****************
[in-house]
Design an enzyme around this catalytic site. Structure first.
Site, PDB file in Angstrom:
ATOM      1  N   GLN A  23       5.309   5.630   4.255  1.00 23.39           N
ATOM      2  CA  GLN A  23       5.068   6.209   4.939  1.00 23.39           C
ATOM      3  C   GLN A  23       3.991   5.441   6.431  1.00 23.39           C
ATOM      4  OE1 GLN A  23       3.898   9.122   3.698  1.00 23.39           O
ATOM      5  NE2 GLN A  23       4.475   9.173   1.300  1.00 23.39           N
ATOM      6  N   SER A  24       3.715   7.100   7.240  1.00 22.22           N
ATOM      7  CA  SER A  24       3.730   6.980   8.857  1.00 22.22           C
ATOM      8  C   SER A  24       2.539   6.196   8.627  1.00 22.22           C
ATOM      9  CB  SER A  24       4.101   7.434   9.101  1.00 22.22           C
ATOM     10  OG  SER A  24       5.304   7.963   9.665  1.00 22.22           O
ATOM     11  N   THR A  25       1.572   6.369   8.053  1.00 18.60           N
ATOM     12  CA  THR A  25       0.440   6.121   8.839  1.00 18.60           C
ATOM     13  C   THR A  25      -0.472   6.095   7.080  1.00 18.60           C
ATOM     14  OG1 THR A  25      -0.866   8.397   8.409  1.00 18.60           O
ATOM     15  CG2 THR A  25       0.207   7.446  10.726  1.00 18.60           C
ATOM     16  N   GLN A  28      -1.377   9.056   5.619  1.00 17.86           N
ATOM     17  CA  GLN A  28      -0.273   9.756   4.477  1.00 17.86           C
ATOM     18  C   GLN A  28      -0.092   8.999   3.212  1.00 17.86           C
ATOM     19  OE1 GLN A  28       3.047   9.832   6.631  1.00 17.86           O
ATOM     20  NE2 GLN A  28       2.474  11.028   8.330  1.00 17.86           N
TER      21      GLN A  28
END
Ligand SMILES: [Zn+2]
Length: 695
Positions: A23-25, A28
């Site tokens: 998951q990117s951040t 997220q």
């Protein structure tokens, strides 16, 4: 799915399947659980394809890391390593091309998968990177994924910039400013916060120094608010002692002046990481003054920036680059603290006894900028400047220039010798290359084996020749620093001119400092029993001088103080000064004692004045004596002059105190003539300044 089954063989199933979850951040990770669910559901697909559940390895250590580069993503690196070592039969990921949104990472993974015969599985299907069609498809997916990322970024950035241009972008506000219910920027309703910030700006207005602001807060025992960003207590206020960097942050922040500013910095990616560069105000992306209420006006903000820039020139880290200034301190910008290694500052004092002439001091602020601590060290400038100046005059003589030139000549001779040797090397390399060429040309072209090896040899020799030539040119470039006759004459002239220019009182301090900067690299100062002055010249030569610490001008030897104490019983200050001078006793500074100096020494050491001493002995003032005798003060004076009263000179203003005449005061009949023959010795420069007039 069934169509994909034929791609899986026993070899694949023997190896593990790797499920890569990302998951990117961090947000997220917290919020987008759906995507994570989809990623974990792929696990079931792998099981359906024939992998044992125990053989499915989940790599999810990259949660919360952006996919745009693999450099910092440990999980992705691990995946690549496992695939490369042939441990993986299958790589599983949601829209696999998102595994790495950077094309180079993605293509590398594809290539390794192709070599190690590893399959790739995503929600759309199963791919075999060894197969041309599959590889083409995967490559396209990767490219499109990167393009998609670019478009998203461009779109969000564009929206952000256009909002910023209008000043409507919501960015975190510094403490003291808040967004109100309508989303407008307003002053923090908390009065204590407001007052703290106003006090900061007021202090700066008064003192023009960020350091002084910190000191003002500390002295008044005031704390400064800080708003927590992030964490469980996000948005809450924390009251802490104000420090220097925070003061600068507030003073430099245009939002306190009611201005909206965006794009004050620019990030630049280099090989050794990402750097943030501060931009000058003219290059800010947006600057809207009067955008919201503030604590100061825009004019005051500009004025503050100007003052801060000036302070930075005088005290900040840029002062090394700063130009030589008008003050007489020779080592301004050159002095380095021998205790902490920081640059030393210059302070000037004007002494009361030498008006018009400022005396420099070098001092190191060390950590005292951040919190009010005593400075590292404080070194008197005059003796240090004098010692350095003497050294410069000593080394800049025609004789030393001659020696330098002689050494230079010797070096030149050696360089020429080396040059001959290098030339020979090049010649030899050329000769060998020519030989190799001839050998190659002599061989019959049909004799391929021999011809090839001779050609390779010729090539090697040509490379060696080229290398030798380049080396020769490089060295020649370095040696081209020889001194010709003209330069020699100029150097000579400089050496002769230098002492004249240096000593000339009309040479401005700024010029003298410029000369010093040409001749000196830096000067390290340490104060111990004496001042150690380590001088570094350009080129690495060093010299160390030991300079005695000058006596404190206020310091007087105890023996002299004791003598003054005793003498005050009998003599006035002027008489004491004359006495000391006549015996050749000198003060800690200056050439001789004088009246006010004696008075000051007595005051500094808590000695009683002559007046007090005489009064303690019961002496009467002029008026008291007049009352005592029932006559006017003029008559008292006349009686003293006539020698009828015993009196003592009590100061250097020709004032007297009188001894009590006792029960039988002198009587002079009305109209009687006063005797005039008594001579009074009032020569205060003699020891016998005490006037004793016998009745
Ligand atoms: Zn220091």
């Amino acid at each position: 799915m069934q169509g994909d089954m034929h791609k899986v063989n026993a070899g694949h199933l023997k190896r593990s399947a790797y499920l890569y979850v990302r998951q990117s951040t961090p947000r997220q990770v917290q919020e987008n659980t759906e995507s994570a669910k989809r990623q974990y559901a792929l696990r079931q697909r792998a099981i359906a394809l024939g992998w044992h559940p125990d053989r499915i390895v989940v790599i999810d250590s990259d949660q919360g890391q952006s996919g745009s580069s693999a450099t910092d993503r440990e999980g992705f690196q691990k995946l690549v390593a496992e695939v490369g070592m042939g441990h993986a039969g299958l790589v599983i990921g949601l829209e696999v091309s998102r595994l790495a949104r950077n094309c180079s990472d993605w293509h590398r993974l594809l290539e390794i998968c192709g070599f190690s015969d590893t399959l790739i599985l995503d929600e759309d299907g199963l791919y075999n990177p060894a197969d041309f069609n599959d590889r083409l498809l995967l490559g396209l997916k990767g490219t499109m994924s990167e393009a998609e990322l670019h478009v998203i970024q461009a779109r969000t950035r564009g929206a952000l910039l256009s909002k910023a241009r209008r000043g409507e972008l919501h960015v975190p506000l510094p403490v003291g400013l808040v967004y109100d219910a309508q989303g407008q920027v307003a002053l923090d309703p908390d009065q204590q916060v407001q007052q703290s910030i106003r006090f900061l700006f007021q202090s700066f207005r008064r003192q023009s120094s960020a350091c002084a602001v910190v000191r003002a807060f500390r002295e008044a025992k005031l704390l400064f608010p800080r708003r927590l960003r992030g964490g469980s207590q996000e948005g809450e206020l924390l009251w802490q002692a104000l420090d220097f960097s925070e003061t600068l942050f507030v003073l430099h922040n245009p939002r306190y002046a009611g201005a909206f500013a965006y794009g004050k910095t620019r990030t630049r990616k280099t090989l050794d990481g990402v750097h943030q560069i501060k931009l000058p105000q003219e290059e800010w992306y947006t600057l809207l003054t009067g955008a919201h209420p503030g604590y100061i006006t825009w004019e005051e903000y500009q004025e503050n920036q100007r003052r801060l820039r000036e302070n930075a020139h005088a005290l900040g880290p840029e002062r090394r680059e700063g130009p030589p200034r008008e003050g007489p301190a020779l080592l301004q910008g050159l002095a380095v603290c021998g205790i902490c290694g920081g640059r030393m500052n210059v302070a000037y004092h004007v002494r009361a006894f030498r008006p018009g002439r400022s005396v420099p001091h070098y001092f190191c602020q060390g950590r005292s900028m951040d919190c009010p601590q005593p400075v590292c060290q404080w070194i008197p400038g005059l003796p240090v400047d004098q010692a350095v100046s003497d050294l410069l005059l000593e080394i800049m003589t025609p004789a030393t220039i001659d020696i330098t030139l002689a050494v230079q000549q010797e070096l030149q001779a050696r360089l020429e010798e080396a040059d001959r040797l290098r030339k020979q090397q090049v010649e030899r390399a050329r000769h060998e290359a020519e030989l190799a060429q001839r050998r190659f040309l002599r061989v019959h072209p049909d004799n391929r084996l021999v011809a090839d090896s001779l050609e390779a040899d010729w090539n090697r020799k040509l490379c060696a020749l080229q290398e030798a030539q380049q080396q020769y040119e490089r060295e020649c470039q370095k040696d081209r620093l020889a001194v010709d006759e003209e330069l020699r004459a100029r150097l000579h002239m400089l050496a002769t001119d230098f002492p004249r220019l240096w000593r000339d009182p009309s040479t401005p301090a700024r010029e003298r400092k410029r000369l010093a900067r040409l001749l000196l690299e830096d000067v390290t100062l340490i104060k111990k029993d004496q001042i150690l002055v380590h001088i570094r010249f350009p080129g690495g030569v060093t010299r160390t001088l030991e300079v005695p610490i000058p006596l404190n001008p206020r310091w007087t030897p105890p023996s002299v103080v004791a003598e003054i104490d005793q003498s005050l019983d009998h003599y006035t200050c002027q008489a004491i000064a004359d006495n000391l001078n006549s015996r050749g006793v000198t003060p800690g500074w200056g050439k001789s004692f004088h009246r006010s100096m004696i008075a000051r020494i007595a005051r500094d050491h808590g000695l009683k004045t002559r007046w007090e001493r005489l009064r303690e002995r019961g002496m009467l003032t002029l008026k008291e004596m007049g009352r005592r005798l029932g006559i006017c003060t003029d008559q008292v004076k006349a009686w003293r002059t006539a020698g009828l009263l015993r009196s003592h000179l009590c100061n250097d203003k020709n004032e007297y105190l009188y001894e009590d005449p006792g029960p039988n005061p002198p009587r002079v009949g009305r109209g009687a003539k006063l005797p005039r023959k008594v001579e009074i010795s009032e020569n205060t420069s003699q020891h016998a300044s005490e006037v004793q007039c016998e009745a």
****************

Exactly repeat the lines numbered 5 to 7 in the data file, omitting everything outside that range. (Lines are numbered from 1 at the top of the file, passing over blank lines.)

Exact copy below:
ATOM      2  CA  GLN A  23       5.068   6.209   4.939  1.00 23.39           C
ATOM      3  C   GLN A  23       3.991   5.441   6.431  1.00 23.39           C
ATOM      4  OE1 GLN A  23       3.898   9.122   3.698  1.00 23.39           O